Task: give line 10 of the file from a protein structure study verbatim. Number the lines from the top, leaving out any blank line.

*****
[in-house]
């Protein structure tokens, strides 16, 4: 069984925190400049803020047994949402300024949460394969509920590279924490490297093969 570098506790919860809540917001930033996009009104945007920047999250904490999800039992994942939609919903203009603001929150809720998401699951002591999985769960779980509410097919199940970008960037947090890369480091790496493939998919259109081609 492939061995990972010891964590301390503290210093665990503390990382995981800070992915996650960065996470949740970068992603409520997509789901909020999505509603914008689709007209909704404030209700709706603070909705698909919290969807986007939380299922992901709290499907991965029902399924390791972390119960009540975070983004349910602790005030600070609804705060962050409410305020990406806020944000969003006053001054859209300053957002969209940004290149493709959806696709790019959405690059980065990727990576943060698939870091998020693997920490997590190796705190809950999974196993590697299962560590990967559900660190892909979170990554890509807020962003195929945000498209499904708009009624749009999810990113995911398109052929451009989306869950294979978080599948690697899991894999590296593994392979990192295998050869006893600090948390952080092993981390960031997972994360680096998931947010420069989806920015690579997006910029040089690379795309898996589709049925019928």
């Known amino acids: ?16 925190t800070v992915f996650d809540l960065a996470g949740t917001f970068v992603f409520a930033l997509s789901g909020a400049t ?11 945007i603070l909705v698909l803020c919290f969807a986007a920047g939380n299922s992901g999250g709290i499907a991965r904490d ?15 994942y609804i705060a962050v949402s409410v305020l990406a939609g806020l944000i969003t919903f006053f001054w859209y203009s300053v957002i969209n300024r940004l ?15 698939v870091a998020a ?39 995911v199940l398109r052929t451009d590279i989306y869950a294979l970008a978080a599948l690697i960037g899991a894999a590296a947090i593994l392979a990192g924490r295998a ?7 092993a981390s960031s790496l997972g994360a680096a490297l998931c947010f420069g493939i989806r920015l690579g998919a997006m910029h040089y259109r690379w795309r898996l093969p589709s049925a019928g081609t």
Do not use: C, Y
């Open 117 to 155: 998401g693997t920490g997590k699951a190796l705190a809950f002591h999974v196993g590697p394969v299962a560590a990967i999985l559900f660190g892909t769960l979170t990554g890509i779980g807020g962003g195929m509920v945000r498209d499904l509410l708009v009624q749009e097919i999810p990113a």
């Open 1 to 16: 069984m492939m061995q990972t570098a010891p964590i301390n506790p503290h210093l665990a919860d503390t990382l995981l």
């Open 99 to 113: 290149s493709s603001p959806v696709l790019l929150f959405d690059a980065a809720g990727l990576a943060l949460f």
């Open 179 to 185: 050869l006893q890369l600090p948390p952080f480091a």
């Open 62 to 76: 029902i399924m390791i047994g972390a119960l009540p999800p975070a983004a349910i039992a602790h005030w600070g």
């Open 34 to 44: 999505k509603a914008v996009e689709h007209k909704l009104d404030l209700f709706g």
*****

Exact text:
């Open 34 to 44: 999505k509603a914008v996009e689709h007209k909704l009104d404030l209700f709706g």